WTD PDX 2019 - Day 1 Recap

2 minute read

What a whirlwind first day!

The WTD PDX 2019 crew
WTD PDX 2019. Image courtesy Write the Docs: https://flic.kr/p/2fTHLiN

I mentioned in my previous post that this is my inaugural Write the Docs conference. The last ~12 hours have been a blast, and I’m ready for day two tomorrow.

Below is my brief recap. I have a lot more to process, but the following points came to mind as I mull everything over at home.

Day 1 Recap

  • We’re all in it together. Everyone at WTD struggles with: analytics, delivering AND soliciting feedback, knowing the end user, writing without complexity, and content siloing.
  • Exceptional conference scheduling. WTD does a very good job of keeping the schedule moving and on-time. We started and ended according to schedule.
  • Effortless networking? It can happen to you! Sitting at a “round table” is the best way to network without feeling like it’s a burden. I got to know almost everyone at my table, and we sat together the entire day. Now the trick is keeping in touch with these colleagues in the WTD Slack and/or LinkedIn.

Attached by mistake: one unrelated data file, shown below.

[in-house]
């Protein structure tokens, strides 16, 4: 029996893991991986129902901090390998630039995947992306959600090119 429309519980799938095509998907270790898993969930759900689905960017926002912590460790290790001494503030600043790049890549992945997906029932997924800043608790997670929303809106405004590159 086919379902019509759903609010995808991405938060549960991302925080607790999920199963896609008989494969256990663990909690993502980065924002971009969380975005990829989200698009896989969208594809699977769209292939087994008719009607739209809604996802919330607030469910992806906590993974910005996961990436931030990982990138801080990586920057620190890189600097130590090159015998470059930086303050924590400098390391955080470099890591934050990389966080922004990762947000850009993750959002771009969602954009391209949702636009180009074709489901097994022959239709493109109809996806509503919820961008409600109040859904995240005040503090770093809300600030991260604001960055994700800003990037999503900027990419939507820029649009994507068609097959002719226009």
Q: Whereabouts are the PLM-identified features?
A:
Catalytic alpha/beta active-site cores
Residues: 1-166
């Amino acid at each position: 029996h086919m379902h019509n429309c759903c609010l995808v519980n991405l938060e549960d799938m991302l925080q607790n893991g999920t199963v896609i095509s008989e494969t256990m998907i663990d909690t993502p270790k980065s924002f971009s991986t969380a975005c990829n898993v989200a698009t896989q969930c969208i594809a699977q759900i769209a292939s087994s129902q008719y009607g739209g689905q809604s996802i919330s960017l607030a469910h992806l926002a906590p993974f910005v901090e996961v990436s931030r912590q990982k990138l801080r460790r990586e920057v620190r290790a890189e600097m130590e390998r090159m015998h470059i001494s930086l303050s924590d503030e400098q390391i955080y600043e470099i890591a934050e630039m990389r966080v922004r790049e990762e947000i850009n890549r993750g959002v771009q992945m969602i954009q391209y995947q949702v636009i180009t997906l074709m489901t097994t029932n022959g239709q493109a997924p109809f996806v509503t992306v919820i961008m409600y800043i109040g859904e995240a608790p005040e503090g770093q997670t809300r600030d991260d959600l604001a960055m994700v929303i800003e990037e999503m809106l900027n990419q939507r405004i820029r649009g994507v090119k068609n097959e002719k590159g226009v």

• So many well-timed breaks. 10-20 minute breaks between talks is awesome, smart, and, well, awesome.
  • Editing got several (welcomed) shoutouts. From Ingrid Towey’s “How to edit other people’s content without pissing them off” to Kathleen Juell’s “Writer? Editor? Teacher?” the message was clear: collaborative, respectful editing necessitates clarity, context and reasoning. It’s not enough to mark an error and hope someone understands. We can only build better writers by offering explanations and reasoning! But, we must also avoid editing per our tastes, and ensure consistency via style guides and the like.
  • Something inspiring: in-person group editing. The concept of in-person editing sessions came up many times. That seems hard to do with remote teams in different time zones. But the idea of being together to collaboratively answer “what is this doc’s purpose, who is it for?” to better target content to end users is a valid concept worth exploring.
  • Open source isn’t so scary after all. Don’t be afraid to jump into open source contributions! And if you find it overwhelming, create your own open source project. Even if it’s a simple app, there’s an eagerness within the community to contribute. But templatize the work as much as possible before juggling mass-PR insanity.

I’m posting all my notes on GitHub in my WTD-2019 repo. Check it out if you’d like more detailed information about the first day.